Xeroderma pigmentosum

Overview

What is xeroderma pigmentosum?

Xeroderma pigmentosum (XP) is a rare disorder. It is a genetic disorder. This means that people have a problem in a specific gene or genes. People have about 20,000-25,000 genes in their bodies. Genes are like our body's instruction manual - they control the growth, development and normal function of the body. People with XP have alteration (mutation) in one of at least 8 different genes. All forms of XP are characterized by an extreme sensitivity to sunlight and ultraviolet rays and some types of artificial lighting. Unless proper precautions are taken, people with XP will develop severe redness and blistering of the skin. People with XP are at risk of skin cancer if proper precautions are not taken. The eyes can be damaged as well and, if untreated, vision loss and blindness can occur. People with XP cannot go outside during the day unless they are wearing special suits that block sunlight. Precautions need to be taken indoors as well. A subset of individuals will develop neurological problems or hearing loss. XP is broken down in eight subtypes called complementation groups based on the specific gene that is altered. These genes create proteins that are involved in the repair of DNA damage caused by exposure to the ultraviolet rays of sunlight. Sunlight damages the DNA in the skin. This happens to everyone. In people without XP, the body can repair this damage. People with XP cannot properly repair this damage, making them extremely sensitive to sunlight and certain forms of artificial light.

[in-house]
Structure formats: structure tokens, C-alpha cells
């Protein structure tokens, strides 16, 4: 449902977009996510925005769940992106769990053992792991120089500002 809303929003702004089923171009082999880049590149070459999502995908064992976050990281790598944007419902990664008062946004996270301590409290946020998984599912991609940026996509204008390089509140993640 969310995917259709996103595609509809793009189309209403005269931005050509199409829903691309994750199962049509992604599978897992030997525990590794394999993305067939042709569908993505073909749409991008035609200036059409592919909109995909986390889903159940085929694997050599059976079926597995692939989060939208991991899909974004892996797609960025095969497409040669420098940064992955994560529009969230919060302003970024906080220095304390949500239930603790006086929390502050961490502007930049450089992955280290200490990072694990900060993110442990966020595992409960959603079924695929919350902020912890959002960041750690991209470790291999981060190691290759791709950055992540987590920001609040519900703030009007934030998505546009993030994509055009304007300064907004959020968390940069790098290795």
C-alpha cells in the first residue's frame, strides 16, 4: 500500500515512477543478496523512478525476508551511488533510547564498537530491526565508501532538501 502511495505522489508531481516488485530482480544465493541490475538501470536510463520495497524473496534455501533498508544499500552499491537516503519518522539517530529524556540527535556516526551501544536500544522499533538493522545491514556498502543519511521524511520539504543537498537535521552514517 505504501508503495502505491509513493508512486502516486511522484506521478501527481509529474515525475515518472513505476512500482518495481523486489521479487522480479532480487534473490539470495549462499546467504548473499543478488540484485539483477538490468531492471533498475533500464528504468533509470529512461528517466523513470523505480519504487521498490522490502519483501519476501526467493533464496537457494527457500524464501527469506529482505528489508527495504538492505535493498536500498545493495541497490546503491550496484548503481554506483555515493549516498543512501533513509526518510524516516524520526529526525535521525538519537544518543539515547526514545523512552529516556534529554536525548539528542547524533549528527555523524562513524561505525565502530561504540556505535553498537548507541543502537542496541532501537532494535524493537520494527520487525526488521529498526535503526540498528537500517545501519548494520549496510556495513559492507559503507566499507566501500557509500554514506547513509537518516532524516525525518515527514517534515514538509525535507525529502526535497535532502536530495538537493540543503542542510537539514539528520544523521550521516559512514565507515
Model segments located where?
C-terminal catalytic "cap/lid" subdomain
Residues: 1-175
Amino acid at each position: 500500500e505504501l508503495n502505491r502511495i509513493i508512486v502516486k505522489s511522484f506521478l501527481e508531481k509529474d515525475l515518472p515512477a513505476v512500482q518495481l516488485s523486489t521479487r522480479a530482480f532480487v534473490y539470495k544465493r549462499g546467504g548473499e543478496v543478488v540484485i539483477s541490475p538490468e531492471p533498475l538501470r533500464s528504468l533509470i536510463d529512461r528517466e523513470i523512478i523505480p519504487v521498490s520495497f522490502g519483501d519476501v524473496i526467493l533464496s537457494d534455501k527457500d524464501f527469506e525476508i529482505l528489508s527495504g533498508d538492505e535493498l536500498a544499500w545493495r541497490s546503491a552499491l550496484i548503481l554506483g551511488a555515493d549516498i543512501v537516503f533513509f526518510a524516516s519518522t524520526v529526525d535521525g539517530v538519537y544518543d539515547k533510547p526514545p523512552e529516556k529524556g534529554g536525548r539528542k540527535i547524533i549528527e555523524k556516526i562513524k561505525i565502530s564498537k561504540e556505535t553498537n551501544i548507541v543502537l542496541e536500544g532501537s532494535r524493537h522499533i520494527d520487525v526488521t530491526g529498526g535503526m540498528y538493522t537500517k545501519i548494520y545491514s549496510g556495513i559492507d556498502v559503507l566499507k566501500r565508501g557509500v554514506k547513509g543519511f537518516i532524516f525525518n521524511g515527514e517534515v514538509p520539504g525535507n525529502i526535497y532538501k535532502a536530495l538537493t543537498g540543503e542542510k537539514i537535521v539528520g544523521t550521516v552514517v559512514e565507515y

To find support, information, advice, referrals to physicians and medical centers, and up-to-date information on research and treatments, it can be useful to reach out to an XP support group: the Xeroderma Pigmentosum Society; the XP Family Support Group; or the XP Support Group.

There is also a very good webpage about xeroderma pigmentosum for doctors that can be found at Gene Reviews - xeroderma pigmentosum.

SOURCE: Emory University - Department of Human Genetics in collaboration with ThinkGenetic • https://www.thinkgenetic.com/diseases/xeroderma-pigmentosum/overview/60175 • DATE UPDATED: 2016-10-28

References

Kraemer KH, DiGiovanna JJ. Xeroderma Pigmentosum. GeneReviews website. Accessed October 22, 2016. https://www.ncbi.nlm.nih.gov/books/NBK1397/

Xeroderma Pigmentosum. Genetics Home Reference website. Accessed October 22, 2016. https://ghr.nlm.nih.gov/condition/xeroderma-pigmentosum

Lehmann AR, McGibbon D, Stefanini M. Xeroderma Pigmentosum. Orphanet J Rare Dis. 2011;6:70. http://ojrd.biomedcentral.com/articles/10.1186/1750-1172-6-70

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